“I don’t want to force my religion on anyone.”
This phrase is often heard in society, and I used to live by it. I used to avoid wearing clothing that proclaimed my faith and I passed up many opportunities to talk about God, especially at college, because I wanted unbelievers to feel comfortable around me. I wanted people to see Christ in me through my behavior and speech, not my attire. But those weren’t the real reasons I chose to live by this phrase. I lived by it because I wanted to be comfortable—because I was afraid.
I was convicted about this when I came home from working at a Christian camp this summer. I brought a lot of t-shirts back with me, so I started to choose the ones I wanted to keep, and, while doing so, made a comment to one of my siblings.
Me: Oh, I don’t like this one.
Sibling: Why not?
Me: Well, it has a big “Jesus” on it, so I’d feel weird about wearing it at school…
Sibling: Then maybe you need to.
They were right. I realized that I had been living in fear, scared of what people would think of me. I had been worried because I knew I’d look different in our culture which is full of those who are determined to be politically correct.
But then I realized something else. There are plenty of people at my school who proclaim their beliefs—Muslims with their clothing, atheists with their posters in the quad, unsaved professors with their opinions—and I think that’s cool. Even though I’m sad that they aren’t Christians, I admire that they are so bold, and I am convicted of the fact that I am not.
I hope it’s clear that I don’t have a problem with Christians who don’t wear the clothing I’m talking about or who don’t talk about Jesus at every opportunity. I just wonder this: what is their reasoning? If it’s anything like mine, maybe they ought to reevaluate their decision.
Now that I’ve learned all of this, I’m trying to be more bold about my faith, but it’s hard. I fail miserably—a lot—and I look around to find that many unbelievers are far more open and more vocal about their beliefs than I am.
Take Mark Gatiss, for example, who plays “Mycroft” in the popular British television show, Sherlock. I follow Gatiss on Twitter, and he frequently tweets about anti-gay movements around the world because he is strongly pro-gay. He believes in equality and rights for homosexuals, and proclaims this belief proudly. Why am I not doing the same with my own?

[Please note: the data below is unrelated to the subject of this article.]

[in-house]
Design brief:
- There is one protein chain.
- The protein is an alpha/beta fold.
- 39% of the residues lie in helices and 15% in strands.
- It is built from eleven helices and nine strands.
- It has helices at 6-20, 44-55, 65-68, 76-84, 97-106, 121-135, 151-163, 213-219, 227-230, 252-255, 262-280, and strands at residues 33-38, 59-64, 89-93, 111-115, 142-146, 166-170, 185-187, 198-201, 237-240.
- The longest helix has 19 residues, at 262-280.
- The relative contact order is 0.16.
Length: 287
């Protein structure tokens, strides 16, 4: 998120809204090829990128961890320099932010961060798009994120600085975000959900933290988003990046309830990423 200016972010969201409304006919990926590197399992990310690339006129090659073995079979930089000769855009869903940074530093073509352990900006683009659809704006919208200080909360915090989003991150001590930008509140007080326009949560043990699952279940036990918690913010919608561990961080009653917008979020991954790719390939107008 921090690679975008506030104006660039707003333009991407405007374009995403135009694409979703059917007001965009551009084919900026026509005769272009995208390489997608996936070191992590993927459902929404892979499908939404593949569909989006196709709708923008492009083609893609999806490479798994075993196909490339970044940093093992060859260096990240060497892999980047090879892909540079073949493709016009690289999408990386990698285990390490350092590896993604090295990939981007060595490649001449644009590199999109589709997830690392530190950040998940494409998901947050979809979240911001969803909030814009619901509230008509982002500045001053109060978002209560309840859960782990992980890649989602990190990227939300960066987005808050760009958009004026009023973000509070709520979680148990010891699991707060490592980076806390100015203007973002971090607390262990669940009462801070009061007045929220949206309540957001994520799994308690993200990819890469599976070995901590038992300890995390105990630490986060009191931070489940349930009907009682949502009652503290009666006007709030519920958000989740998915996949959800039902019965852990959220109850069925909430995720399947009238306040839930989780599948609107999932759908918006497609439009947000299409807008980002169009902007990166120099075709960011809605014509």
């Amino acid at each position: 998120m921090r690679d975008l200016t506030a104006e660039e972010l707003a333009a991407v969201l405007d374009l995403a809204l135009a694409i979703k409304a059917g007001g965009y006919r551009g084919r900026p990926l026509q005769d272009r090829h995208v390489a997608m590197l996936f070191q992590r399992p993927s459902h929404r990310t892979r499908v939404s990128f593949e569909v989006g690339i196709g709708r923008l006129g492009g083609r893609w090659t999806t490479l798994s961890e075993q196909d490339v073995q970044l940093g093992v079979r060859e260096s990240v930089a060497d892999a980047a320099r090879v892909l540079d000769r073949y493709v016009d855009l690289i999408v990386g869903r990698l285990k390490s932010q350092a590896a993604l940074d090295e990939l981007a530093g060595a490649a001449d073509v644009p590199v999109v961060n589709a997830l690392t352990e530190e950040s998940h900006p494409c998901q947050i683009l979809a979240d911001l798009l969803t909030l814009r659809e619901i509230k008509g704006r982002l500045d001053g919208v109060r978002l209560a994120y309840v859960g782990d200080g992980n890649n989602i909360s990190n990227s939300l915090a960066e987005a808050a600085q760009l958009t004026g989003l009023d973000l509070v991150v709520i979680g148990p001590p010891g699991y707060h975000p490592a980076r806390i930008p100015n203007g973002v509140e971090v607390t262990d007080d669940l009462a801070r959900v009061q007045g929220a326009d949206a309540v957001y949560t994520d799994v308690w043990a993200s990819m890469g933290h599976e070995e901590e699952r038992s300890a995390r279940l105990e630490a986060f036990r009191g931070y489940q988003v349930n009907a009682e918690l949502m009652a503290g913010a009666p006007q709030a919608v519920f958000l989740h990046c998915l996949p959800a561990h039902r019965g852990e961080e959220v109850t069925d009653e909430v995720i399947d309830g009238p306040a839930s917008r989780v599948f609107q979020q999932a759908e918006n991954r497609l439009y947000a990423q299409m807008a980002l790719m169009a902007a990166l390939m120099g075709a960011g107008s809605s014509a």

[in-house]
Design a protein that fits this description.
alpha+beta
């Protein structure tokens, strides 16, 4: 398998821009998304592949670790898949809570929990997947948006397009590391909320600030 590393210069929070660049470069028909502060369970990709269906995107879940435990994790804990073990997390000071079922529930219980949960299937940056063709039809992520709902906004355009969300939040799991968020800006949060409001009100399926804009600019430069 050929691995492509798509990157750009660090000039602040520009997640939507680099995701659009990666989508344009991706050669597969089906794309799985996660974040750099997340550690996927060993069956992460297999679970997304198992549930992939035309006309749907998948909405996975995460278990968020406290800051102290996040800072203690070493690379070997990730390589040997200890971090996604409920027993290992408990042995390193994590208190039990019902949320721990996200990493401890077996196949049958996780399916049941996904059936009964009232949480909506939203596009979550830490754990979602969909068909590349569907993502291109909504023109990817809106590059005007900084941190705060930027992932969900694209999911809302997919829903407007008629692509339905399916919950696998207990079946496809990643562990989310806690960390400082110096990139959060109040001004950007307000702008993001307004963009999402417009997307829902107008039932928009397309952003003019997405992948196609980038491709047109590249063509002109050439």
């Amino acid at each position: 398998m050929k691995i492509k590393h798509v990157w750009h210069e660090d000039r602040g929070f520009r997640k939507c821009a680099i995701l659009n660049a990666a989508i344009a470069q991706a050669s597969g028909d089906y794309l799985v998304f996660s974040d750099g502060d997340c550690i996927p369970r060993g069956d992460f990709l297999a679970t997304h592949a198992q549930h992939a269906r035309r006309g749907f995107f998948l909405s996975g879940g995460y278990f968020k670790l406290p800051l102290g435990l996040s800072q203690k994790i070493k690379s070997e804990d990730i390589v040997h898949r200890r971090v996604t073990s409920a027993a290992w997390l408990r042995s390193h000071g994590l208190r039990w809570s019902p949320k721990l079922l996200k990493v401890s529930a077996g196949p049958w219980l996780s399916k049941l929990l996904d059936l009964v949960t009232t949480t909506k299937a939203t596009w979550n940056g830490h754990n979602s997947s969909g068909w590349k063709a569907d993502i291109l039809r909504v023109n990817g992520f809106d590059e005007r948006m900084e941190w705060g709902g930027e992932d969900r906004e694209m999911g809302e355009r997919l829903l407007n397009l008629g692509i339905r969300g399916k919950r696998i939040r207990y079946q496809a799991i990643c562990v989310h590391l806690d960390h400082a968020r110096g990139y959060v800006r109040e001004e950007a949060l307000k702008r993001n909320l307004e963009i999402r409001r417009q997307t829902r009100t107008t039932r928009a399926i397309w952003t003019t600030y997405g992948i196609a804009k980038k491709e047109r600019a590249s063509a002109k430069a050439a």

What we believe is what we talk about. What we love is how we live. It just comes out. So, what does it mean when Christ isn’t coming out of a Christian? It means the problem lies within the heart.
“No good tree bears bad fruit, nor does a bad tree bear good fruit. Each tree is recognized by its own fruit…A good man brings good things out of the good stored up in his heart, and an evil man brings evil things out of the evil stored up in his heart. For the mouth speaks what the heart is full of.”
Luke 6: 43-45
I have a heart problem. I love many things substantially more than God, and this is one of the biggest reasons I am afraid of proclaiming my faith.
Maybe you’ve realized you have a heart problem, too. Well, it’s possible to start trying to love God more right now, but it isn’t something you’ll be able to do on your own. I talked about relying on God in my post “Until the Very End“, and the same thing applies here. Just remember that God will help you if you really try, and that he has promised this:
“And surely I am with you always, to the very end of the age.”
Also, you may have to change some things about your lifestyle. Why? The passage from Luke that I just quoted said that good or evil is “stored up in [a person’s] heart”. Everything in that storage space gets there by what a person watches, listens to, and spends time with. You may have to examine what you’re storing in your heart and change some things. It won’t be fun and it won’t be easy, but it’ll be worth it.
Would you pray for me as I keep fighting this battle? Would you consider thinking about what you love, wear, do, and say? We can do this—even if it takes much longer than we’d like. Let’s both work harder to love Christ and live like him.
P.S. I know this post wasn’t very geeky (although I did mention Sherlock!). I’ll try to write geekier posts, and I do hope you’ll come to forgive me!